It's all over for Total Football - Press Gazette

It's all over for Total Football

Just as the England team stir up the nation’s passion for football, Future Publishing has closed its monthly title Total Football following a steady decline in circulation.

Future hopes to find posts for the four editorial staff who have lost their jobs. Total Football launched in 1995 as a rival to Haymarket’s FourFourTwo and IPC’s Goal and celebrated an independently audited circulation of 81,490 for its first issue. Its final ABC, for July to December 2000, showed that sales had fallen to 24,954.

In February 1996 the title was said to be settling down to an ABC of around 60,000. In April deputy editor Richard Jones took over from founding editor Gary Whitta.

Jones aimed to introduce more in-depth features in a bid to make up ground on FourFourTwo, which was selling more than 80,000 copies per issue.

IPC’s Goal also suffered falling sales and was suspended in 1998. It was subsequently bought by Haymarket, which folded it into FourFourTwo in an attempt to ease pressure on the market.

Robert Price, publishing director of Future’s entertainment division, said: "With the massive expansion of TV, internet and newspaper coverage of football over the past few years, we’ve witnessed a progressive slowdown in the general football magazine market for titles that are not related to a specific football club. Despite the fact that the new football season has now started we couldn’t see a way to make this title profitable."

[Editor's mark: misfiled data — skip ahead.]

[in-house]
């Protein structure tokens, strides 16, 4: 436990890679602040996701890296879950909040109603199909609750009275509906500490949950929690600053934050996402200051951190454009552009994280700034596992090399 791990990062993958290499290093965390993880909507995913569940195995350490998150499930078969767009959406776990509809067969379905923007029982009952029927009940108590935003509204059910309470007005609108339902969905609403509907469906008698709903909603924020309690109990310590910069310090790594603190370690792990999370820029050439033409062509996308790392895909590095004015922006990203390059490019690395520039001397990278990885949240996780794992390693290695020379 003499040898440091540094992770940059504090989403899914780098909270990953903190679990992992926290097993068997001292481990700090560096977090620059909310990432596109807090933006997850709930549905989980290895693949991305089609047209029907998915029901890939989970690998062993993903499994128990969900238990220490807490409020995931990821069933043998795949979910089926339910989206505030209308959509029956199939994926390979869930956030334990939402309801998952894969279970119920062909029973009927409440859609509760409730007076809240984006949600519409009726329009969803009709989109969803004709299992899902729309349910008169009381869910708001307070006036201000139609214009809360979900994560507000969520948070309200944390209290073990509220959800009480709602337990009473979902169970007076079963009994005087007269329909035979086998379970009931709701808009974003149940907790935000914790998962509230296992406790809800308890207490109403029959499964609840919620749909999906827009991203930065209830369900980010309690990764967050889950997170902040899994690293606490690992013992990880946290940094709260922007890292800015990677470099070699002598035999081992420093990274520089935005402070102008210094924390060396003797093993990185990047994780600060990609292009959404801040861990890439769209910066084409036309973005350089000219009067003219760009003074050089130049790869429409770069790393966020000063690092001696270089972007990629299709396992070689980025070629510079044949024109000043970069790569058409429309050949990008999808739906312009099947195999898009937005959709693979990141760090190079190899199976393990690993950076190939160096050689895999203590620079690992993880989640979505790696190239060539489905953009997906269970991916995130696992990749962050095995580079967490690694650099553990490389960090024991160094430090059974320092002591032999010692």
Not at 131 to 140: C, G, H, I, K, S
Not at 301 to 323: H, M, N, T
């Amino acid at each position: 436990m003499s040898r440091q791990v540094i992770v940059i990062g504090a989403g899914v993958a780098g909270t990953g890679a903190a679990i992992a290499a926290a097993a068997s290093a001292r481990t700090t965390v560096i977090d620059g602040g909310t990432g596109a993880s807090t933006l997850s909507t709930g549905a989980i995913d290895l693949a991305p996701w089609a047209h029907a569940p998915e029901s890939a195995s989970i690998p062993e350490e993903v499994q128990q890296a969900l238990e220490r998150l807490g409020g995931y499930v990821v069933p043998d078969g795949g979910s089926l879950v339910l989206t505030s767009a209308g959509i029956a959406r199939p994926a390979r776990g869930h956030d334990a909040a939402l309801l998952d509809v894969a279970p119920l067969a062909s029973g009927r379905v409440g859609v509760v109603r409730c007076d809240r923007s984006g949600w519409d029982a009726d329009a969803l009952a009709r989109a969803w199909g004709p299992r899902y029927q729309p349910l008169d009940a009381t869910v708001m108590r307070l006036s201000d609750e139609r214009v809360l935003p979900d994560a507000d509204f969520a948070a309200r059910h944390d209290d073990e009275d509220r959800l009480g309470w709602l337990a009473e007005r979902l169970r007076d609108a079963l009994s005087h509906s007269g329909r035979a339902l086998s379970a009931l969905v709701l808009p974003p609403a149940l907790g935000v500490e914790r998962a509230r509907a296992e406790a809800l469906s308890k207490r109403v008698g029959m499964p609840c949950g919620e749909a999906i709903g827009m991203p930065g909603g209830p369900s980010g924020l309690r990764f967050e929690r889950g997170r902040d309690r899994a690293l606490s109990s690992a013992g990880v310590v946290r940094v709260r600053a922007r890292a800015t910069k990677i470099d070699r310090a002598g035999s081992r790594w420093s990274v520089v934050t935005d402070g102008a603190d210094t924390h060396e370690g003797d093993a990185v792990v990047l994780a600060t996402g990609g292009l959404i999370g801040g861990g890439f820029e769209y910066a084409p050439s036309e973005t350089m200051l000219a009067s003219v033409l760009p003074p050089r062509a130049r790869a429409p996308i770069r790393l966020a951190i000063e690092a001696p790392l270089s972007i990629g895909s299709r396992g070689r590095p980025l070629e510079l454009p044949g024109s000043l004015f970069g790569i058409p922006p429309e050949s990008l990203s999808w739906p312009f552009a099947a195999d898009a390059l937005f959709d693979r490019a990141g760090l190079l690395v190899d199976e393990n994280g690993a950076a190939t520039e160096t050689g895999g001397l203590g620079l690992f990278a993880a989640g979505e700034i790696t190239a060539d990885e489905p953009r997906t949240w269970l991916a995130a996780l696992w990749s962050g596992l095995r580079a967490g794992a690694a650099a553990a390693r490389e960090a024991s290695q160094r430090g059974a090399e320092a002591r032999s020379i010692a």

Future also publishes Chelsea Magazine, Manchester United Official Magazine and Glory Glory Man Utd, which remain unaffected.

This month’s issue of Total Football will be the last. is launching a magazine for football supporters that will include editorial content from fans who have visited the site.

The Score will be stocked in newsagents near to football grounds, sold via subscriptions and in outlets such as the Sportspages bookshops.

The initial print run will be 20,000, but the magazine aims to go more mainstream and increase its print run to 100,000 within six months.

Marcus Leaver, chief executive officer of, said: "This is a great example of creating a new product using our unique content. We hope that The Score will become the national football fanzine for everyone who loves football."

Mary Stevens